“Numberless are the world’s wonders,” says a lyric in The Gospel at Colonus, Bob Felson and Lee Breuer’s musical version of Sophocles’ Oedipus at Colonus. “But none more wonderful than man / Words and thought rapid as air / He fashions for his use . . . ”

In The Night of the Iguana, Tennessee Williams’s 1961 variation on Sophocles’ ancient drama, the words are slow, the thought is confused, and the air is hot and heavy. A group of people find themselves thrust together in a seedy hotel on the Mexican coast in 1940. They are at once tragicomically mismatched and perfectly suited to each other: a young minister cast out from his church for sexual misdeeds and relegated to leading bargain-basement group tours of the local attractions; the hotel’s owner, an earthy widow who distracts herself from despair by playing around with her mestizo busboys; a sexy young teenager on the minister’s tour, dangerous temptation incarnate; a jealous and moralistic closet lesbian determined to keep the teenager out of the clutches of men; a family of Nazis, absurdly disporting themselves on the terrace while listening to news of Hitler’s war on the radio; and a pair of wanderers, a dying old man and the spinster granddaughter charged by fate with caring for him–Williams’s variation on Oedipus and Antigone, coming to the end of a life of suffering. There in the rain forest overlooking the sea (“the cradle of life,” someone calls it) Williams’s lost and lonely people find a sort of redemption–if not salvation, at least comfort.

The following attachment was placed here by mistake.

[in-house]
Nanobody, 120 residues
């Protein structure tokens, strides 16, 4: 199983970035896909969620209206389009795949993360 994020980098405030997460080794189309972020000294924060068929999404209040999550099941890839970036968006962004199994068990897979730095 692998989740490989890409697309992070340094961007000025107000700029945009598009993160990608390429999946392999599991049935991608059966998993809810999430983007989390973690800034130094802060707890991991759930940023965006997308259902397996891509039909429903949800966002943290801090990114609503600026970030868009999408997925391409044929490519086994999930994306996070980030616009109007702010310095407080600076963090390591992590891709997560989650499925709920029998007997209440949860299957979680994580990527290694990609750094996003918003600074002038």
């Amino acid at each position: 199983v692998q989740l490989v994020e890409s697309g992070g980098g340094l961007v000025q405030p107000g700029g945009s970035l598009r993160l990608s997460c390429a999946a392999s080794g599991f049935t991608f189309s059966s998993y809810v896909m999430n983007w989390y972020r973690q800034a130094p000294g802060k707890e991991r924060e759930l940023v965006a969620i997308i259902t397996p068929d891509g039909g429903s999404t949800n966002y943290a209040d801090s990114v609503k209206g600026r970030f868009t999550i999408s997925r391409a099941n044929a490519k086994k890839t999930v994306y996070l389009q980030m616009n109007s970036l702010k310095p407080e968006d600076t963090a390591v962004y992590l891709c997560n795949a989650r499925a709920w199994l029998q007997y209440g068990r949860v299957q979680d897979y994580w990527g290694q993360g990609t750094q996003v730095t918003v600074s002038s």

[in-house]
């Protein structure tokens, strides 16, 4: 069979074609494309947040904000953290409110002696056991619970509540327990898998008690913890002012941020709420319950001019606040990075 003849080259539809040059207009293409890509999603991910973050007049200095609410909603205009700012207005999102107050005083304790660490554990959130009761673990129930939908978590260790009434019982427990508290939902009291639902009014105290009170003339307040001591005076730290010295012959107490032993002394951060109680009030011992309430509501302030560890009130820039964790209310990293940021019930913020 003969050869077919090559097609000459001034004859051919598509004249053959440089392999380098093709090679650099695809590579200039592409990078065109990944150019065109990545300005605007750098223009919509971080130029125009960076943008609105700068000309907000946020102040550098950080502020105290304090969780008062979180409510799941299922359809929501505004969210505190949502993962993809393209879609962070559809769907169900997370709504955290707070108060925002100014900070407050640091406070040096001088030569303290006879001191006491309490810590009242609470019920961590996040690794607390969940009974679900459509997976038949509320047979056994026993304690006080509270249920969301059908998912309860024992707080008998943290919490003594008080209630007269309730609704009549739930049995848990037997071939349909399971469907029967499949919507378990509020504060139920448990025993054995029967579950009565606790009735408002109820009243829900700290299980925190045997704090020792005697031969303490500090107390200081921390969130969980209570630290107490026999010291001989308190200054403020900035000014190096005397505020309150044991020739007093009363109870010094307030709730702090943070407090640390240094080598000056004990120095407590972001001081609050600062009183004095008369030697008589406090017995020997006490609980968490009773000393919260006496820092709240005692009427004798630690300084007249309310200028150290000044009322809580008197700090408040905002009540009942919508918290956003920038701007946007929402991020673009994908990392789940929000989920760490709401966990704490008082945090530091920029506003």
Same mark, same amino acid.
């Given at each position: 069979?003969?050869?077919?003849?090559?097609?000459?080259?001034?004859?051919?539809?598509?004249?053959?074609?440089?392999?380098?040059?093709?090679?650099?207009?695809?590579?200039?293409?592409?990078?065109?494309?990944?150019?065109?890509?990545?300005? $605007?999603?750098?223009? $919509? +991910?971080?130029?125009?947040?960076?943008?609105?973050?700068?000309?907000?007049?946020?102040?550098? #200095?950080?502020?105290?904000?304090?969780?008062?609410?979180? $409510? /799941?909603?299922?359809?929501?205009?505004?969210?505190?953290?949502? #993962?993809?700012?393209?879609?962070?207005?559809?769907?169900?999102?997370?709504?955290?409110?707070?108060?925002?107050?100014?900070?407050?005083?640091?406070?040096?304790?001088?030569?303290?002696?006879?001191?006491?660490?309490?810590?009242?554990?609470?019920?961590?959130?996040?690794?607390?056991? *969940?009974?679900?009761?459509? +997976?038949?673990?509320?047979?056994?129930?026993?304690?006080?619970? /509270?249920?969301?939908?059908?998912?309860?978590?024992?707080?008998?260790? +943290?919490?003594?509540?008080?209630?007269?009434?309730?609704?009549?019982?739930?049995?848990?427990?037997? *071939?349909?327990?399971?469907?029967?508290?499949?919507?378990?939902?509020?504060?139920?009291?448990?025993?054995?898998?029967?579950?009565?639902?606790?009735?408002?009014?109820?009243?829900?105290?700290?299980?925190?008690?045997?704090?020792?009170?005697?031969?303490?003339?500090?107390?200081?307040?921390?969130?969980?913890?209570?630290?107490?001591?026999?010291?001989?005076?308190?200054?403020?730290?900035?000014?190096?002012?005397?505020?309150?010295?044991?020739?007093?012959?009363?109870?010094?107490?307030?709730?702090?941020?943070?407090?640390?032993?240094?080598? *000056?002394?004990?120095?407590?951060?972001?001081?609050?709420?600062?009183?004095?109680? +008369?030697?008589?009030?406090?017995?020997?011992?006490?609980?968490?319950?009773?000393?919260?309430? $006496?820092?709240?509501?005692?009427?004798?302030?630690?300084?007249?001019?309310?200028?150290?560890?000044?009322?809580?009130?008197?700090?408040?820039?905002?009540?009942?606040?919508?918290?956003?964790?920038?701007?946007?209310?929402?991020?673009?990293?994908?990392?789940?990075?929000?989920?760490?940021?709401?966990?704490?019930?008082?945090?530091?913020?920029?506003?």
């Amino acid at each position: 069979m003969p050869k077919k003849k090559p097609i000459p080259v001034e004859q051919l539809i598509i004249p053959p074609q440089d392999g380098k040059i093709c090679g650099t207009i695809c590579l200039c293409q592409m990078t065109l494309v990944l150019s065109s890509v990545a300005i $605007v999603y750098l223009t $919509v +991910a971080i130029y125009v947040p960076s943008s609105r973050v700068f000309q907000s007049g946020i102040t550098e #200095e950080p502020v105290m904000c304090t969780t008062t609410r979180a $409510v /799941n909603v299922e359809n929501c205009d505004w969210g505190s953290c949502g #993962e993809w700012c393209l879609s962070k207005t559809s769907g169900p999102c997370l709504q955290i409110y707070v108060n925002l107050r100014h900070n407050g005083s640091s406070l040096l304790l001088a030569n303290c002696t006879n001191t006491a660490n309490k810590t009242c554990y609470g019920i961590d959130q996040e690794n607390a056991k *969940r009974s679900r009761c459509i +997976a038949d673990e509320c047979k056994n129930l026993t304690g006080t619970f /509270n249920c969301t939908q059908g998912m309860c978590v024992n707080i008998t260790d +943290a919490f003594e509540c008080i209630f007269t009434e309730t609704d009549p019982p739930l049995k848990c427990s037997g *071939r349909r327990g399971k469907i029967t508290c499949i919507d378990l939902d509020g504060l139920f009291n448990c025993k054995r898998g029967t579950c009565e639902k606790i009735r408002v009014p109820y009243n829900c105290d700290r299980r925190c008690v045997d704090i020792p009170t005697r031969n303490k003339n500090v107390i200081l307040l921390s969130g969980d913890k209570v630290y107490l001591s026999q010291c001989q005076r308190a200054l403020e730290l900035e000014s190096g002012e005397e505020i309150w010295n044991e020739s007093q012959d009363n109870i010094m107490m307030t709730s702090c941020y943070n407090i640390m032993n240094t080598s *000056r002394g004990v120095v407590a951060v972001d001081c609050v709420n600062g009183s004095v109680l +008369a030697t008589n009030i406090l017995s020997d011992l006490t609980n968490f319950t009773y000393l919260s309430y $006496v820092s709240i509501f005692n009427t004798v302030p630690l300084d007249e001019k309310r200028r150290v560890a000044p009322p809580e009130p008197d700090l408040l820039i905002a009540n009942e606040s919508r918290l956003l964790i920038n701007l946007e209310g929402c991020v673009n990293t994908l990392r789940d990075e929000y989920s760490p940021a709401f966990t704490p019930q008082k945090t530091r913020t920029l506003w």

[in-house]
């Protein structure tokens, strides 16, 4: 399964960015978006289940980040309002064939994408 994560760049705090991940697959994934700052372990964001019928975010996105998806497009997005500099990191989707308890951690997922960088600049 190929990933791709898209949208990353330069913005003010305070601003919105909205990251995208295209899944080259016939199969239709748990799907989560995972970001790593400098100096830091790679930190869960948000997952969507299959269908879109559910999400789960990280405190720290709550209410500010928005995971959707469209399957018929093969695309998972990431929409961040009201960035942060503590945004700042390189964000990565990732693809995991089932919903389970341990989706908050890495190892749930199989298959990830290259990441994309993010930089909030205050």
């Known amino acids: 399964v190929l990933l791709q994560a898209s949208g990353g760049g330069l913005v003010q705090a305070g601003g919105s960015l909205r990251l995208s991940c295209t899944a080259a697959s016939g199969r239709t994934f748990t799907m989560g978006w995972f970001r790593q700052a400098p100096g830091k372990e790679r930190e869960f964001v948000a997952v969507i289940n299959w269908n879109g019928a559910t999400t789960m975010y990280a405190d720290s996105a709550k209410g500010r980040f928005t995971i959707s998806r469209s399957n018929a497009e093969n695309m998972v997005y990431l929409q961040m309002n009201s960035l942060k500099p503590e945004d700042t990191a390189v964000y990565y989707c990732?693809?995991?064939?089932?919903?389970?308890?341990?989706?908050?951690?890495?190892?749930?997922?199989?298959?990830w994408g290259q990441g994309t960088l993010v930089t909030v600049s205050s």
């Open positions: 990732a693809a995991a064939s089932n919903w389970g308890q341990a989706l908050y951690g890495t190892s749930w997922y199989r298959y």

Far less violent, active, or despairing than A Streetcar Named Desire, Sweet Bird of Youth, Cat on a Hot Tin Roof, or Suddenly, Last Summer, Iguana is a meditative work, a poet’s profound rumination on mortality. Very little actually happens in Iguana. Shannon, the minister, suffers a nervous breakdown, then is talked through it by Hannah, the spinster, who has been through one herself; the recuperated Shannon enters a tentative relationship with Maxine, the lusty widow, while Hannah helps her grandfather Nonno finish his valedictory poem before he passes on. No one is raped or castrated or murdered, no one breaks any bones trying to recapture lost youthful athletic prowess, and no one commits suicide or is hauled off to the madhouse. “Now let the weeping cease,” Sophocles wrote in Oedipus at Colonus, after the peaceful death of his ancient hero. “These things are in the hands of God.” And Hannah says at the end of Iguana, before she bows over Nonno’s dead body: “Oh, God, can’t we stop now? Finally? Please let us. It’s so quiet here, now.”

Without the theatrical pyrotechnics of its predecessors, Iguana depends instead on the depth of feeling its actors can summon up. Their tools are words, not actions, some of Williams’s stillest, sparest, most beautiful writing. Behind those words must lie a mountain–or perhaps an abyss–of experience.

That sense of experience is fatally lacking in the Synergy Theatre Company’s mounting of the play. Set designers Richard and Jacqueline Penrod have built a hotel terrace that’s at once practical and poetically evocative, but it’s not inhabited by the people Williams envisioned. The actors are all too young for their roles–not just in their appearances but in the amount of experience they bring to the text. Catherine Martineau, an agile and attractive young actress, is particularly ill-suited to the hefty, aging earth mother Maxine; Pamela Webster comes off the best as Hannah, because she has found the right tone of voice for the part–elegant and emotionally repressed–but it’s too superficial to register the terror that Hannah hides behind her facade. Lawrence Bull’s Shannon is more petulant than desperate; and Dale Young is bizarrely soft-spoken as Nonno, making the old poet’s declamation of his last poem–the thematic statement of the whole play–impossible to understand even in the intimate Synergy Center. Williams’s exquisite play, too seldom produced, is disappointing here.

Art accompanying story in printed newspaper (not available in this archive): photo/Roger Lewin–Jennifer Girard Studio.